Thrive Capital closed a $150 million fund, according to a filing with the Securities and Exchange Commission.
This is the third fund for the firm, which previously closed a $40 million fund in August 2011, and a $10 million fund.
While no investors were listed in the SEC form, it was previous investors who made up the majority. Investors in Thrive's previous funds include Princeton University, Hall Capital Partners and Wellcome Trust.
It only took 10 weeks for Thrive raise the fund, which was oversubscribed.
Though it has only been around since 2009, Thrive Capital has already made a name for itself through smart investments that have paid off handsomely.
Thrive, which is based out of New York City and headed by a 27 year old Harvard graduate Joshua Kushner, focuses on media and Internet companies. It does not focus on geography or stages, but on asset class.
The firm has invested in a social media sign-in service Hot Potato, which was bought by Facebook for $10 million, and the group messaging service GroupMe, which was acquired by Skype in August 2011 for a reported $80 million.
It has also invested in design-focused flash-sales site Fab.com, which recently closed a $105 million funding round, and participated in a $5 million round for fee-free payment network Dwolla in February of this year.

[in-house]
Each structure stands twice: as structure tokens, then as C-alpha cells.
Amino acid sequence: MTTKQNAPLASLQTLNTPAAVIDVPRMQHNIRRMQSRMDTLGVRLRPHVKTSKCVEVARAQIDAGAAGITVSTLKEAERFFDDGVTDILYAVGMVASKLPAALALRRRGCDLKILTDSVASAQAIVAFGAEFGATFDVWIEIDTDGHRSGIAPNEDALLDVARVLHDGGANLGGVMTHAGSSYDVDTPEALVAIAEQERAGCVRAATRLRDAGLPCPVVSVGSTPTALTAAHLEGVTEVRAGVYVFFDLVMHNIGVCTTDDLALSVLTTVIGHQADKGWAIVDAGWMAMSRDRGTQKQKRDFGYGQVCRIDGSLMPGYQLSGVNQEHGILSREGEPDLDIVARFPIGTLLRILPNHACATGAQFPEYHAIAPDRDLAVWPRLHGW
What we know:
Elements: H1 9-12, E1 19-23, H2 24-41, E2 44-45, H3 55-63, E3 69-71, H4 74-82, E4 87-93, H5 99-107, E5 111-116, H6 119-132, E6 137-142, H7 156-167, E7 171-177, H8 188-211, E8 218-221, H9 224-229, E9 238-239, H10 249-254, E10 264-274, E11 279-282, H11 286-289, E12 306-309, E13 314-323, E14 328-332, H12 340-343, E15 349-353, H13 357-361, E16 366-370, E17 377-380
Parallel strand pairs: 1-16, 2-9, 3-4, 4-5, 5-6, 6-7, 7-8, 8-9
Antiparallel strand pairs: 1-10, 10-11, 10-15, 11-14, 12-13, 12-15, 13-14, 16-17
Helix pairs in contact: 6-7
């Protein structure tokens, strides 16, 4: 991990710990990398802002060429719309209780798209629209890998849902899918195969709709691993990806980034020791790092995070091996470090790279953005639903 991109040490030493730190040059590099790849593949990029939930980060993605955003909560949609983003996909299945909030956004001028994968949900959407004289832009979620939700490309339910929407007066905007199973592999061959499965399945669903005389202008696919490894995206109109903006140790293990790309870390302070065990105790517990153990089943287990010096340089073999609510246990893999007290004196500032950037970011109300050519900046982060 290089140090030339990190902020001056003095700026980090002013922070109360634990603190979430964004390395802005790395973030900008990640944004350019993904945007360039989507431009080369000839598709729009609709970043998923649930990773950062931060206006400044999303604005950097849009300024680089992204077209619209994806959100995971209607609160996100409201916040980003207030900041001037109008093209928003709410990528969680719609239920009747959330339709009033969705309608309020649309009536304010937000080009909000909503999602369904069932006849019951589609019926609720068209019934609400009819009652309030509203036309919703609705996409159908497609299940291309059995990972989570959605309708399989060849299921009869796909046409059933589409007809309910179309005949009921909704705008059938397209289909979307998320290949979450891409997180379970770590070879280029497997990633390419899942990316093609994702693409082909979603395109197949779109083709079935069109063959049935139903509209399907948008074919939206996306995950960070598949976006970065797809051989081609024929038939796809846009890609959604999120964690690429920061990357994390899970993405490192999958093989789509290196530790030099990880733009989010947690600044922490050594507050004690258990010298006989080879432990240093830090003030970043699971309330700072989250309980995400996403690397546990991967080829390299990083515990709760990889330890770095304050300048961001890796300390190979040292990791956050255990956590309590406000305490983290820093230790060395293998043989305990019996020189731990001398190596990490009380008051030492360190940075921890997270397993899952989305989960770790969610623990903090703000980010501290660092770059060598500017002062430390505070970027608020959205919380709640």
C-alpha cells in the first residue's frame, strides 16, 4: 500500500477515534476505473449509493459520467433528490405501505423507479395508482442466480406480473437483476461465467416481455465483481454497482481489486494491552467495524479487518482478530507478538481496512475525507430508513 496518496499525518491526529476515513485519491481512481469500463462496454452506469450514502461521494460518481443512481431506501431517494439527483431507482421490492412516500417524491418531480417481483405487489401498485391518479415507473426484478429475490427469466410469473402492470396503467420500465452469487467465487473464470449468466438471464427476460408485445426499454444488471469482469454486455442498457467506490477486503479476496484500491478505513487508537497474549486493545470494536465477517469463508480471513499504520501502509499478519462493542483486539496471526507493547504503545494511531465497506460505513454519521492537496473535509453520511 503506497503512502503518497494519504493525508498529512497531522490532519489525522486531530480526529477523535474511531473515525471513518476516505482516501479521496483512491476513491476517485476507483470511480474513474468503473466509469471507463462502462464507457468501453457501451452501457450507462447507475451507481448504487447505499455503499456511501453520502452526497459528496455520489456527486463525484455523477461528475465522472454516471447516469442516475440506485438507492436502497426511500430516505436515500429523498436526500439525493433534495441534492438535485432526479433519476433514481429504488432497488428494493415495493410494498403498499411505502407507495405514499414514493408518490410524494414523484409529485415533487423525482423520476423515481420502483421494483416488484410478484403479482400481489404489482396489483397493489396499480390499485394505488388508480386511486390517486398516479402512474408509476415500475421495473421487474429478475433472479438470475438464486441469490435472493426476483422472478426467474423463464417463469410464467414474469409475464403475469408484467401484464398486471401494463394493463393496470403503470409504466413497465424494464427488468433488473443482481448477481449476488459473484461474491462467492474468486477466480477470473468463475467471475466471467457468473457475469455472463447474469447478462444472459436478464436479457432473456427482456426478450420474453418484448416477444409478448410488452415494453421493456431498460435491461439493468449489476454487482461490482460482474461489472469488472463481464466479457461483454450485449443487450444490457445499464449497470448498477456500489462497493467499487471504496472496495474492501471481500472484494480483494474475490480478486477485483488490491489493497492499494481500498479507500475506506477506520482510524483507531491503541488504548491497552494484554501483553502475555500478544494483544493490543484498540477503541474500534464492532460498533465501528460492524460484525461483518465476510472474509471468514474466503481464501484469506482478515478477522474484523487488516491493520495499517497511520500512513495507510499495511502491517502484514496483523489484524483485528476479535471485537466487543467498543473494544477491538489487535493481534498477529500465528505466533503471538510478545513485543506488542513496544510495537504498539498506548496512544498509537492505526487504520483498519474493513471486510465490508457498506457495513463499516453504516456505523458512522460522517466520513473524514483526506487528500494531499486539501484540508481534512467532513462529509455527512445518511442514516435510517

But perhaps Thrive’s smartest, and luckiest, investment was in Instagram. The firm invested in a $50 million series of funding for the photo sharing app just days before it was acquired by Facebook for $1 billion.
Kushner is the son of real estate magnate Charles Kushner and the brother of Jared Kushner, owner of The New York Observer.
Thrive’s $150 million fund is just the latest to be raised in 2012, a year that is on pace to see the most VC money raised since 2008.
Kleiner Perkins Caufield & Byers closed a $525 million fund In May. In April, early-stage venture capital firm First Round Capital announced that it was going to raise its fourth fund, with a target of $135 million, while Berlin-based Earlybird raised a $100 million fund. In March, Groupon investor NEA filed with the SEC to raise $2.3 billion, while DST, one of Facebook's biggest investors, was looking to raise $1 billion.
Andreessen Horowitz secured a $1.5 billion fund in January, announcing it had raised $2.7 billion in three years. While it has only been around since 2009, Andreessen Horowitz is already a top VC firm, raking in siginificant management fees.
In August, Sequoia Capital has its goal of raising $975 million for three early-stage funds, and just yesterday Nexus Venture Partners, a venture firm whose major focus is on India-based technology startups, announced Thursday that it's raised $270 million for its third fund.
In the second quarter of 2012, 38 VC firms raised a total of $5.9 billion, according to the National Venture Capital Association.
If the next two quarters continue the same pace, 2012 will see the most money raised since 2008.
(Image source: businessinsider.com)